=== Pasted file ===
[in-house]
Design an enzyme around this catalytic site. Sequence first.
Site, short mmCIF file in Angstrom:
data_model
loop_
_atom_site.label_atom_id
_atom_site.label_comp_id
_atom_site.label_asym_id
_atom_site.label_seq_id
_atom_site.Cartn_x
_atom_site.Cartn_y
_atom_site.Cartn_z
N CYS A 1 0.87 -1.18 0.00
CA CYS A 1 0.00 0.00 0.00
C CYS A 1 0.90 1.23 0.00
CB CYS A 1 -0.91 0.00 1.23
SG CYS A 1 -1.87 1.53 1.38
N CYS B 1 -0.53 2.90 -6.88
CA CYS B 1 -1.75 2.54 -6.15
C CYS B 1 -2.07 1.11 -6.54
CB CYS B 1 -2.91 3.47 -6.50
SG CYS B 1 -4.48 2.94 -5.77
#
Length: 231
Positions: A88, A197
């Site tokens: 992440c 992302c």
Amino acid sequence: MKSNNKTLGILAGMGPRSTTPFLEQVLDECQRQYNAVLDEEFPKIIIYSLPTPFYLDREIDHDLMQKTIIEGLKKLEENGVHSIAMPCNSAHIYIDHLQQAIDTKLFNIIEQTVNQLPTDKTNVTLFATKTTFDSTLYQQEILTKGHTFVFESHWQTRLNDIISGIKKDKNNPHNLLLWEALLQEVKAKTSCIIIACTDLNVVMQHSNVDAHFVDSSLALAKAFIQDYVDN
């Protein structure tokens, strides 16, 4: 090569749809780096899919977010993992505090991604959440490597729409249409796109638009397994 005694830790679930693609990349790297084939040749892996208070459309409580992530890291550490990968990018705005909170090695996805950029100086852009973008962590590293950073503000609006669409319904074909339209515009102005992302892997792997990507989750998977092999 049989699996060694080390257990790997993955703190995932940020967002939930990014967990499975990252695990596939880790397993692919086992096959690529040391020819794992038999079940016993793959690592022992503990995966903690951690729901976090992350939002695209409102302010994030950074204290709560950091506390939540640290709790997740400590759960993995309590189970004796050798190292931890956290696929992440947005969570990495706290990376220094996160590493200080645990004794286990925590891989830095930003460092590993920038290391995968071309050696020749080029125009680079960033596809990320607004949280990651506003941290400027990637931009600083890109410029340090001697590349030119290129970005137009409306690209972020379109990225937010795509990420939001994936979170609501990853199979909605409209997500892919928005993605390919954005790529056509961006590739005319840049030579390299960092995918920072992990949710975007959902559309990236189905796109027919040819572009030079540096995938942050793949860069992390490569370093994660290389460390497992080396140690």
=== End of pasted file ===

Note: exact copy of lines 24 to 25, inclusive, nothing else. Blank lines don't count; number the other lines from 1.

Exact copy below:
Length: 231
Positions: A88, A197